Youth homicide in Mexico and its impact in male life expectancy: Geographical variations and associated factors

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Abstract

This study analyzes the impact of homicide in youth (between 15 and 29 years of age) on male life expectancy in Mexico and its 32 states in the periods 2004-2006 and 2014-2016, and identifies the factors that best explain the variations in the years of male life expectancy lost (YMLEL) due to youth homicide at the state level in 2014-2016. Based on official data, male temporary life expectancy (MTLE) between 0 to 85 years of age and years of male life expectancy lost, in total and due to youth homicide, were calculated in each three-year period. Through a linear regression analysis, factors associated with the variations of the years of male life expectancy lost due to youth homicide among states were identified. The male temporary life expectancy decreased between the three-year periods in the country and in 25 states; years of male life expectancy lost due to youth homicide increased in 31 states, in eight of them with a figure higher than 0.5 years in 2014-2016 period. Factors such as the presence of drug trafficking, illegal firearms and the perception of insecurity explain the variations in the years of male life expectancy lost due to youth homicide within the Mexican states in the 2014-2016 period.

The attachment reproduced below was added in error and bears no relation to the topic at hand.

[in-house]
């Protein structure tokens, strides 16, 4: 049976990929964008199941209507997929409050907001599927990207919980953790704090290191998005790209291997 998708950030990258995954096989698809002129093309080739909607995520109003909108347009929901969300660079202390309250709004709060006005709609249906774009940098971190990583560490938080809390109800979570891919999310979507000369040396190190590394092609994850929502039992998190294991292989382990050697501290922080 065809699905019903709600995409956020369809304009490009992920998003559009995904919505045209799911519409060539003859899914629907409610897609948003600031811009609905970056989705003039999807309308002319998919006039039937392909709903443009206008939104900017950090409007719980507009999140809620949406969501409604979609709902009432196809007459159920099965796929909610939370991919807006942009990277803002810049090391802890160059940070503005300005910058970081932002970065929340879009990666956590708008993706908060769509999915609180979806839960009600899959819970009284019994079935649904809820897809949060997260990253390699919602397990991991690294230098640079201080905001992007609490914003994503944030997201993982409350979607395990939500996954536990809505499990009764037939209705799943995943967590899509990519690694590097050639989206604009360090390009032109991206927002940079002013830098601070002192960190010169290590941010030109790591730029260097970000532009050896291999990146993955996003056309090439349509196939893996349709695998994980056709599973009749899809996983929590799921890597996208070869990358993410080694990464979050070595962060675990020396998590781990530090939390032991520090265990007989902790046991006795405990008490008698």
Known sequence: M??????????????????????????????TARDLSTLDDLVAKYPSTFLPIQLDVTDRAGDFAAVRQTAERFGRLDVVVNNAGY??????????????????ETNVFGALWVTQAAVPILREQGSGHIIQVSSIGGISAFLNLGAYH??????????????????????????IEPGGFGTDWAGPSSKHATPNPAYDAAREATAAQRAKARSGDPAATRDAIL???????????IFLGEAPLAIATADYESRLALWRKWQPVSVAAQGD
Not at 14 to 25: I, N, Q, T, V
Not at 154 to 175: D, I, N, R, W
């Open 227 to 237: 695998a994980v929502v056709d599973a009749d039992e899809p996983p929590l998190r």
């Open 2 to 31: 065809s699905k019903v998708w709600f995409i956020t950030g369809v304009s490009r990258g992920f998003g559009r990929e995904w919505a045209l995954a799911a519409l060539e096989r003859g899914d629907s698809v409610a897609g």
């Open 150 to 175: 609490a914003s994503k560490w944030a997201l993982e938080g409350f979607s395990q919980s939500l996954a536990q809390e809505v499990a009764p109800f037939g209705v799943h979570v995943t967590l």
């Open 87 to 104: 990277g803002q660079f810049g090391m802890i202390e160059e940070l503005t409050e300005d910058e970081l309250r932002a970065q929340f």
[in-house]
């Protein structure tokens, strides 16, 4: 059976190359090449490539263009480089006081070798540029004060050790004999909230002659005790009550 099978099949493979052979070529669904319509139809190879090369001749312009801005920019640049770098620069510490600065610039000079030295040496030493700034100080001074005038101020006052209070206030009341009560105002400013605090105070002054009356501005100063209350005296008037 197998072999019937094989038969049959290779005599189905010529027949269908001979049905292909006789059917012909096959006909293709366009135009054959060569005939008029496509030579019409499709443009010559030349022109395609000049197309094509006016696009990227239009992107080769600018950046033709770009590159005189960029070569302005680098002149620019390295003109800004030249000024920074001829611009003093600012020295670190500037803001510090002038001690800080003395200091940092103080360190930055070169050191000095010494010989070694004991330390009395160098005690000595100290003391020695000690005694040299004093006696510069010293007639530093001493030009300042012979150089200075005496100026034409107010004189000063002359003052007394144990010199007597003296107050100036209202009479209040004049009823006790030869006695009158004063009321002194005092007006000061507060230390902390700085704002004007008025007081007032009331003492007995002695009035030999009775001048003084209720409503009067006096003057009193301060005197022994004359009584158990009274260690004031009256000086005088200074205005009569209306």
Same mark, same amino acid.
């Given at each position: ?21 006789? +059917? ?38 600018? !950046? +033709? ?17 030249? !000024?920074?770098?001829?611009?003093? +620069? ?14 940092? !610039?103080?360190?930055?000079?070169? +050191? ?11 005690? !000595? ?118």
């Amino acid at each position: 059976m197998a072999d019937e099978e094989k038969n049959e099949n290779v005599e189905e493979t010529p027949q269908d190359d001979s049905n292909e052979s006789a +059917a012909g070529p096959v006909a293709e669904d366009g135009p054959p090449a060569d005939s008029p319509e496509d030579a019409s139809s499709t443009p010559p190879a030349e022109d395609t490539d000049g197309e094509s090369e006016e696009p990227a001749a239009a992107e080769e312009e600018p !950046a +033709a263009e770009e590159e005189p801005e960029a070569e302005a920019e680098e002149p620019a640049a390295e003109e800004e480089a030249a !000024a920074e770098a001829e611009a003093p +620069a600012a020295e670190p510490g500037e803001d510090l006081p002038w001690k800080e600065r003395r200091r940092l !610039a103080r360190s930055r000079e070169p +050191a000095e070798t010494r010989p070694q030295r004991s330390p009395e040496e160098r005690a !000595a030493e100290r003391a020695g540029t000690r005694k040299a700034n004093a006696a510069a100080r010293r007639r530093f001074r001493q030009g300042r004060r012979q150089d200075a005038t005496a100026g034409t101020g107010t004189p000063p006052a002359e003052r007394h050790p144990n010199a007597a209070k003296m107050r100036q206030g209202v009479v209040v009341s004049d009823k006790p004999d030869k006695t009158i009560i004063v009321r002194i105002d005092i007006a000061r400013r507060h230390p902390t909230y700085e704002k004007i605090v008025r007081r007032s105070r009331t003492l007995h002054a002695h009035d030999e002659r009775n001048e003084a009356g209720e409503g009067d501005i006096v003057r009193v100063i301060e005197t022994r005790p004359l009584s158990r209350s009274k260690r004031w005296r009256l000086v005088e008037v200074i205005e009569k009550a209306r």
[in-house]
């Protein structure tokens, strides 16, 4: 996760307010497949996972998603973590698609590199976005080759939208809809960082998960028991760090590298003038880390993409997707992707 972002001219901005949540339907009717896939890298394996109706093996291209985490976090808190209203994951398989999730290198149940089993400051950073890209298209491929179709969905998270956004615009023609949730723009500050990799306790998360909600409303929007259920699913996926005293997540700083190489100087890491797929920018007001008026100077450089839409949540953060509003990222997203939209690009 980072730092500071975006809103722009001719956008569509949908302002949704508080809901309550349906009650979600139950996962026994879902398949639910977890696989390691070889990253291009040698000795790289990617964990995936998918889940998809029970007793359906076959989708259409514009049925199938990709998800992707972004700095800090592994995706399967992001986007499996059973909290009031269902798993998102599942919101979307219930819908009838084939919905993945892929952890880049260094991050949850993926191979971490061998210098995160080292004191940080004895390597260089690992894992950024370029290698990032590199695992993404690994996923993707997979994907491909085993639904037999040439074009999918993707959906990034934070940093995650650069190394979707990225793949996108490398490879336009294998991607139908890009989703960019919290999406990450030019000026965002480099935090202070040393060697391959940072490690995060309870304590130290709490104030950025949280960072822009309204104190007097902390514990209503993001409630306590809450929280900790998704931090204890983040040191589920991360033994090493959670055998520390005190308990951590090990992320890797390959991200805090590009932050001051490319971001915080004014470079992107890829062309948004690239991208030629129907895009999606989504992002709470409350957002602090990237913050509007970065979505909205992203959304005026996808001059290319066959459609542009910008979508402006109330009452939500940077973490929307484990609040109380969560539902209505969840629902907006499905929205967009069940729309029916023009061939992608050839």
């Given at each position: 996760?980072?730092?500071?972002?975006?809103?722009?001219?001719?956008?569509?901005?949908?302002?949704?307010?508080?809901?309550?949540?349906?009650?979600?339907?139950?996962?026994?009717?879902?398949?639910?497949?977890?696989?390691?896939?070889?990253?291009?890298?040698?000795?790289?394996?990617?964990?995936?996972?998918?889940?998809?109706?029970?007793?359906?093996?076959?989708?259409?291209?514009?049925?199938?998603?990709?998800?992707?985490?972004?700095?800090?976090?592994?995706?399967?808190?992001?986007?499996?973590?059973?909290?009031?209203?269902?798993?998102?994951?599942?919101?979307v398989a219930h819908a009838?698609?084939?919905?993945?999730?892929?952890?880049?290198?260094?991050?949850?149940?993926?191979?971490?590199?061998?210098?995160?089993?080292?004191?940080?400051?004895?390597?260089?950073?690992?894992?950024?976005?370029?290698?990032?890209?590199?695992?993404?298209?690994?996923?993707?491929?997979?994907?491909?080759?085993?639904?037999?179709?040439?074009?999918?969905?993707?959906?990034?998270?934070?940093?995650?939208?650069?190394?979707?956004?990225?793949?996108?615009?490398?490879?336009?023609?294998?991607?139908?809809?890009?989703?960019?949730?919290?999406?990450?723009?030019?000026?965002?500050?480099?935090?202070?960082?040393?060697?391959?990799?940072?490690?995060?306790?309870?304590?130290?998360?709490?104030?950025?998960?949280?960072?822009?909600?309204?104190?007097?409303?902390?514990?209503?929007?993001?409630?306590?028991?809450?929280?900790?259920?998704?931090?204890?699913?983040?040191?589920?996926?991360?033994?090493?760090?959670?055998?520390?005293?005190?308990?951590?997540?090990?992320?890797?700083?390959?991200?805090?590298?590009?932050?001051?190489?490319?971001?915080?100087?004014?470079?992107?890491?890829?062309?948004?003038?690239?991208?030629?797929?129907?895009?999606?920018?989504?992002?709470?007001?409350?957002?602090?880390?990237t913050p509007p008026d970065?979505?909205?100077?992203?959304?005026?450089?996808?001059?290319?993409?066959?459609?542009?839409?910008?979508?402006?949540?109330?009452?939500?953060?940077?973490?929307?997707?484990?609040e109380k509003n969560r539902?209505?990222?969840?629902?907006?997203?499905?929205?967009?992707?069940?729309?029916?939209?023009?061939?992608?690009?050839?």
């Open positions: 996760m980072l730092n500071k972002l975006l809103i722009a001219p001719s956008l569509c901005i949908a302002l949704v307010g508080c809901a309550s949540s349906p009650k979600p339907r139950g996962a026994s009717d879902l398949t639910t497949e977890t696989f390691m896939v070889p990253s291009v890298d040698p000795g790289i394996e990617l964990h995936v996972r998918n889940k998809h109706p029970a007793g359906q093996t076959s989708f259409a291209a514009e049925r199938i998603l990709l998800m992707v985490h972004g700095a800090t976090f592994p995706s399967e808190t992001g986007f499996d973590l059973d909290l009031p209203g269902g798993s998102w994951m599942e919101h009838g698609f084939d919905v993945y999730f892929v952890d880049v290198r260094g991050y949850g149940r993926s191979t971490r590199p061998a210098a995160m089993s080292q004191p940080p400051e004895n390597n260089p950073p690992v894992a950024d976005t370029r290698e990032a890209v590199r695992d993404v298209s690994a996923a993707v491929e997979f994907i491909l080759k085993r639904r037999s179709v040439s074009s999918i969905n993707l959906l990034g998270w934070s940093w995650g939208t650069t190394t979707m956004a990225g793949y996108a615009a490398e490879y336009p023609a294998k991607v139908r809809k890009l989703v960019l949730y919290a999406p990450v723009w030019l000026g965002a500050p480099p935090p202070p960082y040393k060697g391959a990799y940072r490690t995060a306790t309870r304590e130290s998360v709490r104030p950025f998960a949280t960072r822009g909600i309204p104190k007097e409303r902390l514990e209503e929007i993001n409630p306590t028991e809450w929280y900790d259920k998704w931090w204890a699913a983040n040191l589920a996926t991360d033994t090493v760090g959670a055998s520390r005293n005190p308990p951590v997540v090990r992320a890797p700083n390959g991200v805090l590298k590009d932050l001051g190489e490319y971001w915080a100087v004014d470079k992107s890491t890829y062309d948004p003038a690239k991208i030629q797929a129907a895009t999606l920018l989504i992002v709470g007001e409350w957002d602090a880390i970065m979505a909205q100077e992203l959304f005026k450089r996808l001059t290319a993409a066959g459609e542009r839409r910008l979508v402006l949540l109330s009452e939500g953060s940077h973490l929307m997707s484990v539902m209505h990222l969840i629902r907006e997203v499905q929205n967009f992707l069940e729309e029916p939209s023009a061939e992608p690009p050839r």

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APA

González-Pérez, G. J., & Vega-López, M. G. (2019). Youth homicide in Mexico and its impact in male life expectancy: Geographical variations and associated factors. Salud Colectiva, 15(1). https://doi.org/10.18294/sc.2019.1712

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